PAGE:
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Inserting IV’s for Registered Nurses in 2021 Rationales for ER Nursing

Inserting IV’s for Registered Nurses in 2021 Rationales for ER Nursing. In this video I will talk about rationales for inserting IV’s for patients in hopes to provide clarification on a topic that I was  not 100% sure about.

As I have mentioned in the past, the E.D has a lot of autonomy for practice as a RN. Sometimes there are orders that are in place for inserting IV’s and other times it is up to the judgement of the nurse as they await for the physician to come see them. Now the physician may be a while before they get to see the patient as there are many people who are quite sick and require immediate attention while there are others that have time to spare. As an emergency room nurse one of the most important tasks you have is to act proactively and determine what is the most amount of intervention I can provide to better the care of the patient until the physician comes and assesses the patient.


Now this is the part of nursing that I enjoy, it is that critical thinking aspect where you have to decide what is best for the patient. However inserting IV’s was an intervention that I was never sure about until I learned about these things:

  1. Cardiac related event — Insert an IV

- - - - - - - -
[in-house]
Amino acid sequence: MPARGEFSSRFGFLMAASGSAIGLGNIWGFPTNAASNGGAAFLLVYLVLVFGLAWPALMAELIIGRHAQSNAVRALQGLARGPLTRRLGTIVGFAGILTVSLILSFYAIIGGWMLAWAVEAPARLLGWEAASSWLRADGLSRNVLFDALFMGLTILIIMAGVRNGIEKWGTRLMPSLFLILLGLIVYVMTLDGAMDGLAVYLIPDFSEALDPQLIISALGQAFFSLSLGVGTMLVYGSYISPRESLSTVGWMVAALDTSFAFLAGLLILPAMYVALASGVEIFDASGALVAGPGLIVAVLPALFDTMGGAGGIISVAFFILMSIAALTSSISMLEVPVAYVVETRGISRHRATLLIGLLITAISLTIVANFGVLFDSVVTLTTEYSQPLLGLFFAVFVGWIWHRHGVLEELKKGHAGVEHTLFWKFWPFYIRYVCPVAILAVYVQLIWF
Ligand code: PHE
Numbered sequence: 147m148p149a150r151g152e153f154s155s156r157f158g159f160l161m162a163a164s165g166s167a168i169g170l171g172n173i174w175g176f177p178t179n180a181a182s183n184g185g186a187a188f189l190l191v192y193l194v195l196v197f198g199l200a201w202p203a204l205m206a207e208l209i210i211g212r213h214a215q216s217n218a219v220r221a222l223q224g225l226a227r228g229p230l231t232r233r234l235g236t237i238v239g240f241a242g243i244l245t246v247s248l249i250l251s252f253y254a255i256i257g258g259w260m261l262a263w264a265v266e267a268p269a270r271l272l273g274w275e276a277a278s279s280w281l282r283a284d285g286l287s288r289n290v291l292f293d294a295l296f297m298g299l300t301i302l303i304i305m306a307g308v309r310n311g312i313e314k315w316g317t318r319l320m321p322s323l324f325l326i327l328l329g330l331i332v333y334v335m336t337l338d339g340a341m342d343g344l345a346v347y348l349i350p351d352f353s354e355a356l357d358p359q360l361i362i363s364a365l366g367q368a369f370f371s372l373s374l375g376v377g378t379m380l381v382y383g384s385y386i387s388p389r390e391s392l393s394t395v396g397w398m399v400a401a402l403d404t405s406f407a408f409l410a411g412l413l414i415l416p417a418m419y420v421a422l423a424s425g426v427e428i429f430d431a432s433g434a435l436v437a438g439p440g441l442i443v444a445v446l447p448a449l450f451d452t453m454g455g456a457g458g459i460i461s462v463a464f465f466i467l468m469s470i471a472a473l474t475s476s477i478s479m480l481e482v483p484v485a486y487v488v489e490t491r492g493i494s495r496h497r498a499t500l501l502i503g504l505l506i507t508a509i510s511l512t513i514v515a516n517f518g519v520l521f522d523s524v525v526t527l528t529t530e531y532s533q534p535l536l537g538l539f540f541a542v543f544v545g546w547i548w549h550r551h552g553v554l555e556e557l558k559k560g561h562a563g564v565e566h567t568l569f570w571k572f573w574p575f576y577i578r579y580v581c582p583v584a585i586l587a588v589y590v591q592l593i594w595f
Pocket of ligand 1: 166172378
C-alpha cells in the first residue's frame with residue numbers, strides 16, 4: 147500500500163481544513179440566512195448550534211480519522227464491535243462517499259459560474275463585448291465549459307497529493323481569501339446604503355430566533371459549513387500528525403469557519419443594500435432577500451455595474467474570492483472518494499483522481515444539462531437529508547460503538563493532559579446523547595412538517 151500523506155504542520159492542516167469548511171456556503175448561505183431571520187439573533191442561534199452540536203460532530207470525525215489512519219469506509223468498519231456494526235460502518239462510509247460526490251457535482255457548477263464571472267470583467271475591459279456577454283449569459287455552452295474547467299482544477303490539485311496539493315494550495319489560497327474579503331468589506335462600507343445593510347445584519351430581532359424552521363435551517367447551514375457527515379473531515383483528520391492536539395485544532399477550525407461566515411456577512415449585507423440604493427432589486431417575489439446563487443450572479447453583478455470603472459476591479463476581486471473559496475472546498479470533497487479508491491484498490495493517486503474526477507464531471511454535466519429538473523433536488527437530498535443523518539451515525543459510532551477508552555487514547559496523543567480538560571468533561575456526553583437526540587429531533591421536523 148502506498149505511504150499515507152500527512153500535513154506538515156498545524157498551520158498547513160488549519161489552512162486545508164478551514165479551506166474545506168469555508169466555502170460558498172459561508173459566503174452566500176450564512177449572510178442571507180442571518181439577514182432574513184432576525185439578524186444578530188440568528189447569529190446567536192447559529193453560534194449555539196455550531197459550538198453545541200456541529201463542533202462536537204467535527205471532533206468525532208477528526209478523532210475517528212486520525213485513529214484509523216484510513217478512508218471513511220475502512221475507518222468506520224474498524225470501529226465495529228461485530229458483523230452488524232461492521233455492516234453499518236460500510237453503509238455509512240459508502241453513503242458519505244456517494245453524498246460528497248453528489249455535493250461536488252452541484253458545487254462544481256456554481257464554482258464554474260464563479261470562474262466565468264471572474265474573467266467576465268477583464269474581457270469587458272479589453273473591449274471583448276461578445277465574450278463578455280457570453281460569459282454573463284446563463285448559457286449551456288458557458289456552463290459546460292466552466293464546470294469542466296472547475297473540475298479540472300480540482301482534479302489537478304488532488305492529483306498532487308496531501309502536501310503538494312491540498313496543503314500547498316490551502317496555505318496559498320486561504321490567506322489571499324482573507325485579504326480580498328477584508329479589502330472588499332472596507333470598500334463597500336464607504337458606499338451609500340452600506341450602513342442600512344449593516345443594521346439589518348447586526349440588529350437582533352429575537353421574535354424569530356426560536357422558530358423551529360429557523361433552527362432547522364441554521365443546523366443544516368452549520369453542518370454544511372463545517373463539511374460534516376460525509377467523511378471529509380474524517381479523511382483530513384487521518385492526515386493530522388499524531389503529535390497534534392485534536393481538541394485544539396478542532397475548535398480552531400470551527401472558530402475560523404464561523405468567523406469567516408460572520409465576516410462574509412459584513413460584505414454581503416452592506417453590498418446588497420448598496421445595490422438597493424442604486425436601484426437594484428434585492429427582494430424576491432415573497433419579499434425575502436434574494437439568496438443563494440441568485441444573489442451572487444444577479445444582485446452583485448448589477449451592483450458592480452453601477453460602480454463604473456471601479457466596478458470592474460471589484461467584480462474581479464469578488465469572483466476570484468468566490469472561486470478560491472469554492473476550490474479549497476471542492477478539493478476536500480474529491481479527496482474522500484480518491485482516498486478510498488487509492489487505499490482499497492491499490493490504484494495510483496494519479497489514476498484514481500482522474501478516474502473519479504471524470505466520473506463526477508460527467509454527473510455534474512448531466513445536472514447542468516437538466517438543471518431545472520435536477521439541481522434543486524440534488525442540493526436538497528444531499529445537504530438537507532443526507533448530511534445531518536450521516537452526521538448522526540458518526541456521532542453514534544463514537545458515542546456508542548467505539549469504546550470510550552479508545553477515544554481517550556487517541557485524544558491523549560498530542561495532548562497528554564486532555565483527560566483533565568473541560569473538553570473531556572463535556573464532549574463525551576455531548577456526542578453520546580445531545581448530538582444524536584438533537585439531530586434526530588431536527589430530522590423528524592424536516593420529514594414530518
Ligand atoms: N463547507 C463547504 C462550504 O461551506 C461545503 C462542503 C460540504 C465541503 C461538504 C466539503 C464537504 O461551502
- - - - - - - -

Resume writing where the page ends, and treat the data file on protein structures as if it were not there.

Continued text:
2. Septic patient — Insert an IV
  3. Soft blood pressure — Insert an IV
  4. Anemic patent — Insert an IV
  5. Nausea/Vomiting — Insert an IV


These were some of the situations where IV insertion was absolutely crucial in ensuring the safety of the patient. If the patient was to have an arrhythmia that was not normal for them, then it was crucial to get an IV site as I do not want the rhythm to change to something that is lethal. Therefore for the safety of the patient it is always important to ensure a patent IV line so that you are able to give rhythm reversing drugs such as atropine or adenosine etc..


As for a septic patient, we want to try and promote more circulation in the veins so that we can ensure adequate perfusion to vital organs. That is a topic that will be discussed later, but if I see that a patient is febrile, has an elevated lactate and is symptomatic that could be signs of an infection, inserting a line and placing them on a drip to keep the line open until I get parameters from a physician is always a good idea.


The other reasons are quite obvious. Really soft blood pressures with symptoms associated that could indicate further deterioration such as lightheadedness or dizziness are classic indications to start an IV and place them on a bit of fluids until further guidance from the physician. If someone has chronic anemia and comes in with symptoms of anemia, another great indication to start an IV. Lastly, if the patient is nauseous and is vomiting, we want to provide active treatment to get it under control right away to further exacerbate a problem.


If you have any other reasons or situations you think it is necessary to put an IV, I would love to read them in the comment section below. Thank you for watching and I will catch you in the next video!




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